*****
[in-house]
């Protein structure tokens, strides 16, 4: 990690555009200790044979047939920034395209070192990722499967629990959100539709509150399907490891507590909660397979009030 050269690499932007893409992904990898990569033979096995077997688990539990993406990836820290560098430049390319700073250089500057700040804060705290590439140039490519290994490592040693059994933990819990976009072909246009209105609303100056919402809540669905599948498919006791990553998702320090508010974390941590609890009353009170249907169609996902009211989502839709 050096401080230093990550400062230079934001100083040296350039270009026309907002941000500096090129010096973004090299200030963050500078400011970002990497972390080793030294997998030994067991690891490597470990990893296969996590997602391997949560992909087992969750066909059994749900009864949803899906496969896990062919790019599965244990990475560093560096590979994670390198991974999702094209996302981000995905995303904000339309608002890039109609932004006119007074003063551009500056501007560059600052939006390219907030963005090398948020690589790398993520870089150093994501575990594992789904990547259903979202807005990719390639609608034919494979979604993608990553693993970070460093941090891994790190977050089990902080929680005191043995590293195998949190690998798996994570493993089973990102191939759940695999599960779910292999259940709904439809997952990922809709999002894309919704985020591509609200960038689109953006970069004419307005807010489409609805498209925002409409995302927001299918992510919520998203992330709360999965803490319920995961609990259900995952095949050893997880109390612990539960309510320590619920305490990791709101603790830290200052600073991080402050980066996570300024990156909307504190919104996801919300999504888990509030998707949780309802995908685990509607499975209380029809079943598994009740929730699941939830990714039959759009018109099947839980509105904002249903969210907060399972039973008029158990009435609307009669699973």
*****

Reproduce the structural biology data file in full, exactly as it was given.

[in-house]
């Protein structure tokens, strides 16, 4: 990690555009200790044979047939920034395209070192990722499967629990959100539709509150399907490891507590909660397979009030 050269690499932007893409992904990898990569033979096995077997688990539990993406990836820290560098430049390319700073250089500057700040804060705290590439140039490519290994490592040693059994933990819990976009072909246009209105609303100056919402809540669905599948498919006791990553998702320090508010974390941590609890009353009170249907169609996902009211989502839709 050096401080230093990550400062230079934001100083040296350039270009026309907002941000500096090129010096973004090299200030963050500078400011970002990497972390080793030294997998030994067991690891490597470990990893296969996590997602391997949560992909087992969750066909059994749900009864949803899906496969896990062919790019599965244990990475560093560096590979994670390198991974999702094209996302981000995905995303904000339309608002890039109609932004006119007074003063551009500056501007560059600052939006390219907030963005090398948020690589790398993520870089150093994501575990594992789904990547259903979202807005990719390639609608034919494979979604993608990553693993970070460093941090891994790190977050089990902080929680005191043995590293195998949190690998798996994570493993089973990102191939759940695999599960779910292999259940709904439809997952990922809709999002894309919704985020591509609200960038689109953006970069004419307005807010489409609805498209925002409409995302927001299918992510919520998203992330709360999965803490319920995961609990259900995952095949050893997880109390612990539960309510320590619920305490990791709101603790830290200052600073991080402050980066996570300024990156909307504190919104996801919300999504888990509030998707949780309802995908685990509607499975209380029809079943598994009740929730699941939830990714039959759009018109099947839980509105904002249903969210907060399972039973008029158990009435609307009669699973």